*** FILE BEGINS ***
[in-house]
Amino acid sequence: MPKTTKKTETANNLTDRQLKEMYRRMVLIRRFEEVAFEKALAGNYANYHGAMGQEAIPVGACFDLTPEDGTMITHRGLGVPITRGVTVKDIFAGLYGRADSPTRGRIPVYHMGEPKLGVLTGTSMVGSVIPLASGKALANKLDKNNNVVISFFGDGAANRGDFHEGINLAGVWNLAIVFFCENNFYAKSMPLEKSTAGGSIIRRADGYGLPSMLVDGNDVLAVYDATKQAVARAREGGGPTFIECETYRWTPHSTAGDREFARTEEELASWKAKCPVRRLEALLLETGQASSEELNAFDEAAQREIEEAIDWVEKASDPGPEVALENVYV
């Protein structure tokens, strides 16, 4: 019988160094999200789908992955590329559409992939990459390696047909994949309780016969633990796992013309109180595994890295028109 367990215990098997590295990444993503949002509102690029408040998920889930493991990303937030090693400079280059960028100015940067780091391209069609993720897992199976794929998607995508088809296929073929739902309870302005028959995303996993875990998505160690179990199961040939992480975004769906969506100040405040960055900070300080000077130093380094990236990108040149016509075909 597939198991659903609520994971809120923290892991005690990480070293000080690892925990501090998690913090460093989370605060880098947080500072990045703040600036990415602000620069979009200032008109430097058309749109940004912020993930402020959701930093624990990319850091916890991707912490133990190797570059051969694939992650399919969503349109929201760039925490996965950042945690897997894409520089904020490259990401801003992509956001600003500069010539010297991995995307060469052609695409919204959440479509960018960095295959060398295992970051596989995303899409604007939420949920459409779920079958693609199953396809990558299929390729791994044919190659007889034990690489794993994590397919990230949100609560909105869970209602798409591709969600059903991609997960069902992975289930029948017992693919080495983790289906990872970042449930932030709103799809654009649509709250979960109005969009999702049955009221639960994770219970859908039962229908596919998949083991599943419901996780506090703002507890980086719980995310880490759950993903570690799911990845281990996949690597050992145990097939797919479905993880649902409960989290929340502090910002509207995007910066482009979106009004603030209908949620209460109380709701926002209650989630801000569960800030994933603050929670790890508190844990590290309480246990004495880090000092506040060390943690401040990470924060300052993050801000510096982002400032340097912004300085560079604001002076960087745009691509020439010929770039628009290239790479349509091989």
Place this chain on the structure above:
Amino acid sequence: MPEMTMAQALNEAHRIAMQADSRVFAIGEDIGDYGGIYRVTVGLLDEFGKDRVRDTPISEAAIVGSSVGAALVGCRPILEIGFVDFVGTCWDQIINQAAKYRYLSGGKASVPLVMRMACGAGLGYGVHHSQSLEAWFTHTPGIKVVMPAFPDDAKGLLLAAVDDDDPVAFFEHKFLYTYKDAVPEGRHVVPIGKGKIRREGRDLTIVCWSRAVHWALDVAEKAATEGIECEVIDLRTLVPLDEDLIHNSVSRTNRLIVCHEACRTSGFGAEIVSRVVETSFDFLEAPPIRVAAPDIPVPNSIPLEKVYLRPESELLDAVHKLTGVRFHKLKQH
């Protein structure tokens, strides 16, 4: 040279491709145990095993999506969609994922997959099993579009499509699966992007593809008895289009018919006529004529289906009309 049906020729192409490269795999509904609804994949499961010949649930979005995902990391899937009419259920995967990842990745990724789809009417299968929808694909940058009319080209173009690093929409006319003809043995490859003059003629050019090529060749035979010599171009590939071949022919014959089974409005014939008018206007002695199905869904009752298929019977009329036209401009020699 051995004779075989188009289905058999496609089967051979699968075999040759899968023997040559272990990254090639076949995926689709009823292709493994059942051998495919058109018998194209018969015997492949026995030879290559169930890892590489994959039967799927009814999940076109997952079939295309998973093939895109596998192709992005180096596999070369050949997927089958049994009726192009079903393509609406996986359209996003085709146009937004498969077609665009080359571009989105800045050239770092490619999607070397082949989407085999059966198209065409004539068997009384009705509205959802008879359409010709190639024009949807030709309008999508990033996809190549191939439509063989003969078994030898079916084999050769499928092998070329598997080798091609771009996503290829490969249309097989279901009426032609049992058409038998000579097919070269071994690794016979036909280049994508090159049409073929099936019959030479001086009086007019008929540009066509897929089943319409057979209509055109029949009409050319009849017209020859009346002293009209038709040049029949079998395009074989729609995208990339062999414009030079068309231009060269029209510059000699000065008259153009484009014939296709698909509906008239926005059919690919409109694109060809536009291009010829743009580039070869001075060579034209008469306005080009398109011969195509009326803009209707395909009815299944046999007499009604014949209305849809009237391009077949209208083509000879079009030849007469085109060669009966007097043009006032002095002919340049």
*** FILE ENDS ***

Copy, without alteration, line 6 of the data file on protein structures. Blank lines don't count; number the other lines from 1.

């Protein structure tokens, strides 16, 4: 040279491709145990095993999506969609994922997959099993579009499509699966992007593809008895289009018919006529004529289906009309 049906020729192409490269795999509904609804994949499961010949649930979005995902990391899937009419259920995967990842990745990724789809009417299968929808694909940058009319080209173009690093929409006319003809043995490859003059003629050019090529060749035979010599171009590939071949022919014959089974409005014939008018206007002695199905869904009752298929019977009329036209401009020699 051995004779075989188009289905058999496609089967051979699968075999040759899968023997040559272990990254090639076949995926689709009823292709493994059942051998495919058109018998194209018969015997492949026995030879290559169930890892590489994959039967799927009814999940076109997952079939295309998973093939895109596998192709992005180096596999070369050949997927089958049994009726192009079903393509609406996986359209996003085709146009937004498969077609665009080359571009989105800045050239770092490619999607070397082949989407085999059966198209065409004539068997009384009705509205959802008879359409010709190639024009949807030709309008999508990033996809190549191939439509063989003969078994030898079916084999050769499928092998070329598997080798091609771009996503290829490969249309097989279901009426032609049992058409038998000579097919070269071994690794016979036909280049994508090159049409073929099936019959030479001086009086007019008929540009066509897929089943319409057979209509055109029949009409050319009849017209020859009346002293009209038709040049029949079998395009074989729609995208990339062999414009030079068309231009060269029209510059000699000065008259153009484009014939296709698909509906008239926005059919690919409109694109060809536009291009010829743009580039070869001075060579034209008469306005080009398109011969195509009326803009209707395909009815299944046999007499009604014949209305849809009237391009077949209208083509000879079009030849007469085109060669009966007097043009006032002095002919340049």